Update on the latest in business:

FINANCIAL MARKETS

Asian shares mixed as omicron worries crimp market optimism

TOKYO (AP) — Asian shares are rising although optimism set off by a rally on Wall Street was dampened by concerns about the potential impact of the omicron coronavirus variant.

Benchmarks rose in Japan, South Korea and China. Markets were closed in Australia for a national holiday.

Stocks made steady gains on Wall Street, enough to mark another record high for the S&P 500 index. Much is still uncertain about omicron, which is spreading quickly and prompting a return to pandemic restrictions in some places.

Trading is expected to be quiet but potentially volatile this week as the omicron variant continues to spread.

VIRUS-OUTBREAK-ISOLATION-GUIDELINES

US officials recommend shorter COVID isolation, quarantine

NEW YORK (AP) — U.S. health officials are cutting isolation restrictions for asymptomatic Americans who test positive for the coronavirus and shortening the time that close contacts have to quarantine.

People with the virus can leave isolation after five days, down from 10 days. People exposed to the virus can also leave quarantine after five days. The Centers for Disease Control and Prevention announced the changes Monday.

CDC officials said the guidance is in keeping with growing evidence that the coronavirus is most infectious in the two days before and three days after symptom onset. The decision also was influenced by a recent surge in COVID-19 cases, driven by the omicron variant.

VIRUS OUTBREAK-AIR TRAVEL

Fauci: US should consider vaccine mandate for US air travel

WASHINGTON (AP) — The top U.S. infectious disease expert says the nation should consider a vaccination mandate for domestic air travel.

Dr. Anthony Fauci’s comments Monday signal a potential embrace of an idea the Biden administration has previously eschewed. He says such a mandate might drive up the lagging U.S. vaccination rate as well as confer stronger protection on flights, as infection rates spike.

The Biden administration has thus far balked at imposing a vaccination requirement for domestic air travel. And officials say President Joe Biden’s science advisers have yet to make a formal recommendation for such a requirement. A vaccine mandate for air travel is likely to spark legal challenges.

BIDEN-DEFENSE SPENDING

Biden signs $768.2 billion defense spending bill into law

WASHINGTON (AP) — President Joe Biden has signed the National Defense Authorization Act into law, authorizing $768.2 billion in military spending, including a 2.7% pay raise for service members, for 2022.

The NDAA authorizes a 5% increase in military spending over last year, and is the product of intense negotiations between Democrats and Republicans over issues ranging from reforms of the military justice system to COVID-19 vaccine requirements for soldiers.

The price tag marks $25 billion more than Biden initially requested from Congress, a prior proposal that was rejected by members of both parties out of concerns it would undermine U.S. efforts to keep pace with China and Russia.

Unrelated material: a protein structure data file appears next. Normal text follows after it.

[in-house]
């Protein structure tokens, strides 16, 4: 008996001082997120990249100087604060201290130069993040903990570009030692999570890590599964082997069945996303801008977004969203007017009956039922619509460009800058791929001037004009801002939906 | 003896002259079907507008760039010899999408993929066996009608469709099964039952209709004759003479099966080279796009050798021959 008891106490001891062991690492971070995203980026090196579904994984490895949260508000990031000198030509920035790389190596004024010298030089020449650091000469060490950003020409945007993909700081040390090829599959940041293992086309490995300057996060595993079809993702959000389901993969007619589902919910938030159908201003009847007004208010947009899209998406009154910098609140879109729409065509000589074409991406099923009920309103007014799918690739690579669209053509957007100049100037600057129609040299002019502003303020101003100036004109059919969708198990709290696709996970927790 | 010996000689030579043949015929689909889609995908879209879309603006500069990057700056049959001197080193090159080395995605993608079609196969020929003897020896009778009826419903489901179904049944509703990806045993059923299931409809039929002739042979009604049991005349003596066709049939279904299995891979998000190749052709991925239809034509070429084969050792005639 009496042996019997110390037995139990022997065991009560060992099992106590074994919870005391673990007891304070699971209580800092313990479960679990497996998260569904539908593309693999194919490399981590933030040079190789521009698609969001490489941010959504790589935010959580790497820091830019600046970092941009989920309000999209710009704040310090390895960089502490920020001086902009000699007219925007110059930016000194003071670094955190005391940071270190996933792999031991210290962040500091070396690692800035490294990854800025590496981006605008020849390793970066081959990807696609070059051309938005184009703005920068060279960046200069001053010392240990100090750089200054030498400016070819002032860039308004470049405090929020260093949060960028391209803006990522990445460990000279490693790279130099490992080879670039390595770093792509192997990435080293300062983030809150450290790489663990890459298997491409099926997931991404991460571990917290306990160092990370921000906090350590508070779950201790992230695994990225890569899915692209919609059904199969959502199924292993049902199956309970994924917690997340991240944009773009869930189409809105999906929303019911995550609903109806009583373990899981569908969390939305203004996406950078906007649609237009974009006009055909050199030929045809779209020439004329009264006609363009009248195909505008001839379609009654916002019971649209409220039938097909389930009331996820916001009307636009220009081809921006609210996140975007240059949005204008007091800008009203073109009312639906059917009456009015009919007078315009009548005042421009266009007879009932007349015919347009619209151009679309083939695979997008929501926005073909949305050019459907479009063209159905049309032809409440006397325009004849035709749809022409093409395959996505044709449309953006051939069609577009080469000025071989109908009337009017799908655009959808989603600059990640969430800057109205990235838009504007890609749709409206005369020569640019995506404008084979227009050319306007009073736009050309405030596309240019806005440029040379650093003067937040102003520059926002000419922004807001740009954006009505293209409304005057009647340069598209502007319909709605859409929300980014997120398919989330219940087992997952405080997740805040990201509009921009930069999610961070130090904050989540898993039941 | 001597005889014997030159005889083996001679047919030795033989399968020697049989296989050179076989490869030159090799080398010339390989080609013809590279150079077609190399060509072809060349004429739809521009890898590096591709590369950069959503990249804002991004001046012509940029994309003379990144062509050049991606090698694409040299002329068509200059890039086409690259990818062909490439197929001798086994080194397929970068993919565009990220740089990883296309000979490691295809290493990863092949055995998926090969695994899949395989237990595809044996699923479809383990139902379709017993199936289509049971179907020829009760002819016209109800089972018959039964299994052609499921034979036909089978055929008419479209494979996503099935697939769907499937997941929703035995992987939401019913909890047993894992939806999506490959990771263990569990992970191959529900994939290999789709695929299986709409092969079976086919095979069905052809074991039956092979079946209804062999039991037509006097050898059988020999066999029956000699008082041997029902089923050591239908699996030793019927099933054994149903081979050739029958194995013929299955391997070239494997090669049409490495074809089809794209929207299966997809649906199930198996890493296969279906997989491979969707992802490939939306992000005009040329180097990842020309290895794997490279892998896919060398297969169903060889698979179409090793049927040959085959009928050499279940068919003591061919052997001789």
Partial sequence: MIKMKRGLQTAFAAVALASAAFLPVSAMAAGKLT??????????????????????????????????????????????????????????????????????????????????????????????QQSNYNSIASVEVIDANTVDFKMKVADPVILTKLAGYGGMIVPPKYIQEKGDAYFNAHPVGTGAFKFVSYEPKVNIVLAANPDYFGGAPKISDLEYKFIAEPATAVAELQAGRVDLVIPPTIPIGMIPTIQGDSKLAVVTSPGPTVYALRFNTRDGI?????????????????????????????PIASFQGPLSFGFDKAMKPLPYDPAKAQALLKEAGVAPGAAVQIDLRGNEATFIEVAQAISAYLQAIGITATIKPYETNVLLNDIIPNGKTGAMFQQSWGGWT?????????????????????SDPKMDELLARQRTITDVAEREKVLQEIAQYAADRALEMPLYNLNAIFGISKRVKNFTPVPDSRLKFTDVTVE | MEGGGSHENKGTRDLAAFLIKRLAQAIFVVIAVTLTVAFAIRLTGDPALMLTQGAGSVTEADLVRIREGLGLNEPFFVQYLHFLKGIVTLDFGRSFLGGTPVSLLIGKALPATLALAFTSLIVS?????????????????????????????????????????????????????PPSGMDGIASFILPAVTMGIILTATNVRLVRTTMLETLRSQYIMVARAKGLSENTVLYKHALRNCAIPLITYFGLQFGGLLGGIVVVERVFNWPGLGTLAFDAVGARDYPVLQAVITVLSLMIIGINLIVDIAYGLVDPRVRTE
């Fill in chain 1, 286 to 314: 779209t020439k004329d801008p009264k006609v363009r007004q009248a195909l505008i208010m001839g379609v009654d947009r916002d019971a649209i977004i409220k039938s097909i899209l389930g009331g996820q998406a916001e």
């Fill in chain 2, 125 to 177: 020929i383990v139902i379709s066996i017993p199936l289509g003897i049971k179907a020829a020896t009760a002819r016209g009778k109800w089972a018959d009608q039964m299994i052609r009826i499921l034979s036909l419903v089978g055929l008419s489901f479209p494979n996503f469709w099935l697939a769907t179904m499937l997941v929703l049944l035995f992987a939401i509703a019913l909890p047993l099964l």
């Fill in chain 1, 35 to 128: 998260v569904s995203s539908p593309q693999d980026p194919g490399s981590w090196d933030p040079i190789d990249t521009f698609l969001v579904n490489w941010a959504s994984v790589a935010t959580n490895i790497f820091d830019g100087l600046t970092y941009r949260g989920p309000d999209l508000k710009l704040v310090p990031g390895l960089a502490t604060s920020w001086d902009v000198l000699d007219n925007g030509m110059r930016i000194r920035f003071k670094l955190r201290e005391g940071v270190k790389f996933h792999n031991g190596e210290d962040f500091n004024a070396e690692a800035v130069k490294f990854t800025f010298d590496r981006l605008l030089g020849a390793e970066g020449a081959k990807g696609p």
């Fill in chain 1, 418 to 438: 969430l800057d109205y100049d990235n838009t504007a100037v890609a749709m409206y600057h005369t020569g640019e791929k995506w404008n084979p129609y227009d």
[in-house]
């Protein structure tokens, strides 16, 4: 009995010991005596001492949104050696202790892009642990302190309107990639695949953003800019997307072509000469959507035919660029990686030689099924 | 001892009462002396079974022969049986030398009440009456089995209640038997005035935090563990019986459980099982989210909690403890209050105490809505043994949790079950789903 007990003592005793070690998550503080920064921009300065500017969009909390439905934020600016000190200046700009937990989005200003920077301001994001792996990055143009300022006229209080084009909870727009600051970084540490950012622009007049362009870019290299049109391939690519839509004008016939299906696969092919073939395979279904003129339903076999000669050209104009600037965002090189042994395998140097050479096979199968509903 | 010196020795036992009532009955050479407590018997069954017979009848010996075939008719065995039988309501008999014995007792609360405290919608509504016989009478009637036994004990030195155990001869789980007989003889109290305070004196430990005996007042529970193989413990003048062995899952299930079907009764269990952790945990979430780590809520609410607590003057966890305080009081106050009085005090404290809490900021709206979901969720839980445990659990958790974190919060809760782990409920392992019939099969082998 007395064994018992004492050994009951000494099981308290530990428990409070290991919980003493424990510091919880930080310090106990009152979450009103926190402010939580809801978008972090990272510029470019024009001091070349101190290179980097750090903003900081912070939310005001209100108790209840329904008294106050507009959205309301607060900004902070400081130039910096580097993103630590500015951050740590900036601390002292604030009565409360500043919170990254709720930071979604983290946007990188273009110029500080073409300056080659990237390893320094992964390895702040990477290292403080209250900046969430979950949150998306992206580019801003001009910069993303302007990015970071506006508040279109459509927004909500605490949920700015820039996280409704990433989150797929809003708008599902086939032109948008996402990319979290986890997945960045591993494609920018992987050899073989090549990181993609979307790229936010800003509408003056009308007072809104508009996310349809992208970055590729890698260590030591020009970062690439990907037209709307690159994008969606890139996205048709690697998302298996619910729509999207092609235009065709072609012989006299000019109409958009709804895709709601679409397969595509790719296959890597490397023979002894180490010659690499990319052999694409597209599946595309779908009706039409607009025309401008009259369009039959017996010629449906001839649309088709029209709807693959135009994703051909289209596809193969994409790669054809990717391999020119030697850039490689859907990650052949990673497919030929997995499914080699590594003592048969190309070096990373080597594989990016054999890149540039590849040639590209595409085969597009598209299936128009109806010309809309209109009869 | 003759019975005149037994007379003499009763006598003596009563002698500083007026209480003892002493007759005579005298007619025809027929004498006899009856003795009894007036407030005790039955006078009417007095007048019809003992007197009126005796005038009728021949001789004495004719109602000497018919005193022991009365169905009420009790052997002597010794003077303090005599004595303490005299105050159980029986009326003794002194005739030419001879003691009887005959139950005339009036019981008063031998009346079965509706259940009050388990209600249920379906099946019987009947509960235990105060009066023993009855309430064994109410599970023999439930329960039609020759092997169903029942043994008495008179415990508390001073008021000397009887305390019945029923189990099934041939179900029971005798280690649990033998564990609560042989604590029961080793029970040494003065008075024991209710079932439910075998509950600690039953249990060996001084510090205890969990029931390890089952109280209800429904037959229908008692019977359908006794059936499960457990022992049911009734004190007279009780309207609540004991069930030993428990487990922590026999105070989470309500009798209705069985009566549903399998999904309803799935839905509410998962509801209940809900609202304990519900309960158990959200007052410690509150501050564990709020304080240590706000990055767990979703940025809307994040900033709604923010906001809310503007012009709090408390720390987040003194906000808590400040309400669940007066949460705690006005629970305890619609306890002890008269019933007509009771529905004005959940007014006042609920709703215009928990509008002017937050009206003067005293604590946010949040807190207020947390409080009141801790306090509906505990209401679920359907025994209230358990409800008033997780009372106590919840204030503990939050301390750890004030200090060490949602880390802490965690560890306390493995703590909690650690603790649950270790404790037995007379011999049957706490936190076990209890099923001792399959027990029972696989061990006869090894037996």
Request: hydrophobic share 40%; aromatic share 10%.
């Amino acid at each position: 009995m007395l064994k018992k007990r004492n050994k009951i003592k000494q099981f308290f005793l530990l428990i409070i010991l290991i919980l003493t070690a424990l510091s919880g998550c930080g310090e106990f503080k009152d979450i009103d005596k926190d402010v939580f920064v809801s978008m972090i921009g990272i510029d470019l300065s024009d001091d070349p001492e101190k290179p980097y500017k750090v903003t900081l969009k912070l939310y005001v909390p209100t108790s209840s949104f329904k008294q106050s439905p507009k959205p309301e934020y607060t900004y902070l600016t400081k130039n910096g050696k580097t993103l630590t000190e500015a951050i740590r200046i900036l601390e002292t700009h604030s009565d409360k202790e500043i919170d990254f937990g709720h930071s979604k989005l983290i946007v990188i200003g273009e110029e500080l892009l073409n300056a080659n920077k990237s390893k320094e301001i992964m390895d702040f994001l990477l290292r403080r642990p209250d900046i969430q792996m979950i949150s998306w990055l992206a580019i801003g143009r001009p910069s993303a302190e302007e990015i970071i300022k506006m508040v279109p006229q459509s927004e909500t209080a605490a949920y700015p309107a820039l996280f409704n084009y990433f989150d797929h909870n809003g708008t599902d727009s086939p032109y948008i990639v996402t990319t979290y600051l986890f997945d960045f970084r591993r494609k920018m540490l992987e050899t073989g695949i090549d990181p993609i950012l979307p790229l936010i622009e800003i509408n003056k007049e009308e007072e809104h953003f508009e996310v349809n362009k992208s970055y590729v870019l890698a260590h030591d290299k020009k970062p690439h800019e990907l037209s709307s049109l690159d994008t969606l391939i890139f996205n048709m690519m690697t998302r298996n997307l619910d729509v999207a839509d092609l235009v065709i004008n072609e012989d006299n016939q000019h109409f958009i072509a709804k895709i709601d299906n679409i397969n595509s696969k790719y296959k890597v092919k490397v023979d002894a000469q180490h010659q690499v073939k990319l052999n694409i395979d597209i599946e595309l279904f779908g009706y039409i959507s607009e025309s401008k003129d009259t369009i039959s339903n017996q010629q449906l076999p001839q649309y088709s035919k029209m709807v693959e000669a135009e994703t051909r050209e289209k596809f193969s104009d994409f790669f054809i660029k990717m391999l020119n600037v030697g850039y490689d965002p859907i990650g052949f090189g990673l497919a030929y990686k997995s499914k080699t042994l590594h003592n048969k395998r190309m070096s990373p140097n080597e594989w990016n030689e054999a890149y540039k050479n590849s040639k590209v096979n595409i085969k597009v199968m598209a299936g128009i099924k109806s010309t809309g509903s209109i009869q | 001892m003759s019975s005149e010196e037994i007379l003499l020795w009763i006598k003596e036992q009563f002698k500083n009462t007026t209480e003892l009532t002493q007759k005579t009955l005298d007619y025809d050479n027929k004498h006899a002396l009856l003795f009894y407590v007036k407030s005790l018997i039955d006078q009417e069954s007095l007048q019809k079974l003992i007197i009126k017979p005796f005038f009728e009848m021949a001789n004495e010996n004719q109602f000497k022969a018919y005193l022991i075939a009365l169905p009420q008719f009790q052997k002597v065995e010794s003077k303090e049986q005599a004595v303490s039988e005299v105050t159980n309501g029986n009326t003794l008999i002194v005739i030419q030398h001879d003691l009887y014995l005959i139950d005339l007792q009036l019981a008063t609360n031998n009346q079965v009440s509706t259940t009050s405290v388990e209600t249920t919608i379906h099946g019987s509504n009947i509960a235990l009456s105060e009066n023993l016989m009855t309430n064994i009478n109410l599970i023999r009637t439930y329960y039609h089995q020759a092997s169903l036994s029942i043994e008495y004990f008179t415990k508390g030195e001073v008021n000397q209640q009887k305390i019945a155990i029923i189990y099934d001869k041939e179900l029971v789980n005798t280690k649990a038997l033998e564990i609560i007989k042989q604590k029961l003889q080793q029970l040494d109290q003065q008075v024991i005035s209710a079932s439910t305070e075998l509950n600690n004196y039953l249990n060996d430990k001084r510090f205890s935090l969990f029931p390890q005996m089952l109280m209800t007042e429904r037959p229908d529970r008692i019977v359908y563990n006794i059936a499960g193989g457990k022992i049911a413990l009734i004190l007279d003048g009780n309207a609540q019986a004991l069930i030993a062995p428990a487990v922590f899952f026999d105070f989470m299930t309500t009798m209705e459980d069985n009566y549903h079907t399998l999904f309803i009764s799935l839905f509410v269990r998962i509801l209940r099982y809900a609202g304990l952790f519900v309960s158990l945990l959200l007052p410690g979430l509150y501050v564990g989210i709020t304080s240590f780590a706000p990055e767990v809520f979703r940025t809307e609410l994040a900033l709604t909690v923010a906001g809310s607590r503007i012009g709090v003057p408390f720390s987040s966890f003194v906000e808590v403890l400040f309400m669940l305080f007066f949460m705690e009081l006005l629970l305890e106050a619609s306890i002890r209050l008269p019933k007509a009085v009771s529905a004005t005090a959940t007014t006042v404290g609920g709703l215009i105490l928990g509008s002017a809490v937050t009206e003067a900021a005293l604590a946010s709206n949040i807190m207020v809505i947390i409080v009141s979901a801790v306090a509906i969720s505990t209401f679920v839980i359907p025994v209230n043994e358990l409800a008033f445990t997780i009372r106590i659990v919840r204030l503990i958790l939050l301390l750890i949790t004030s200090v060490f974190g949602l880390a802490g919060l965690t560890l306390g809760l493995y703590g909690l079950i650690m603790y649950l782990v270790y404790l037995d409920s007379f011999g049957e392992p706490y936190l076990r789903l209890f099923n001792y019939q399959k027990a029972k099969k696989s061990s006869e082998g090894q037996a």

THERANOS TRIAL

Holmes jury ends fourth inconclusive day of deliberations

SAN JOSE, Calif. (AP) — The jury weighing fraud charges against former Theranos CEO Elizabeth Holmes completed a fourth day of deliberations Monday without reaching a verdict.

Holmes is facing 11 criminal charges alleging that she duped investors and patients by hailing her company’s blood-testing technology as a medical breakthrough when in fact it was prone to wild errors.

The eight men and four women on the jury have been meeting in a San Jose, California, federal courthouse after absorbing reams of evidence during a three-month trial. They completed Monday’s session without providing any clues about how far they are in their deliberations.

CHINA-US CHIP BATTLE

China pursues tech ‘self-reliance,’ fueling global unease

BEIJING (AP) — China’s ruling Communist Party is pressing entrepreneurs to make the country a “technology superpower” that doesn’t need the United States or other foreign suppliers.

The aim is to develop Chinese creators of computer, energy, medical and other technologies that can generate wealth and global influence. That is prompting fear the world might decouple, or split into markets with incompatible standards and products, which would hurt innovation.

Chinese companies including Alibaba Group, the world’s biggest e-commerce company, are launching ventures to develop processor chips. Analysts say they are unlikely to be competitive in global markets if they detach from the global supply chain for components and technology, a goal no other country is pursuing.

TRUCKER-COLORADO SENTENCE

Judge sets hearing to reconsider trucker’s 110-year sentence

GOLDEN, Colo. (AP) — A truck driver sentenced to 110 years for an explosive crash that killed four people in suburban Denver has moved a step closer to potentially having his prison term reduced.

Judge Bruce Jones on Monday scheduled a hearing for Jan. 13 to reconsider Rogel Aguilera-Mederos’ sentence, following unusual request by prosecutors to revisit the matter. One of Aguilera-Mederos’ lawyers says the defense needs some time to do research to see if any similar cases could help guide its approach.

Aguilera-Mederos’ prison term has drawn outrage from around the country and among truck drivers. Around 5 million people have signed an online petition seeking clemency for him.

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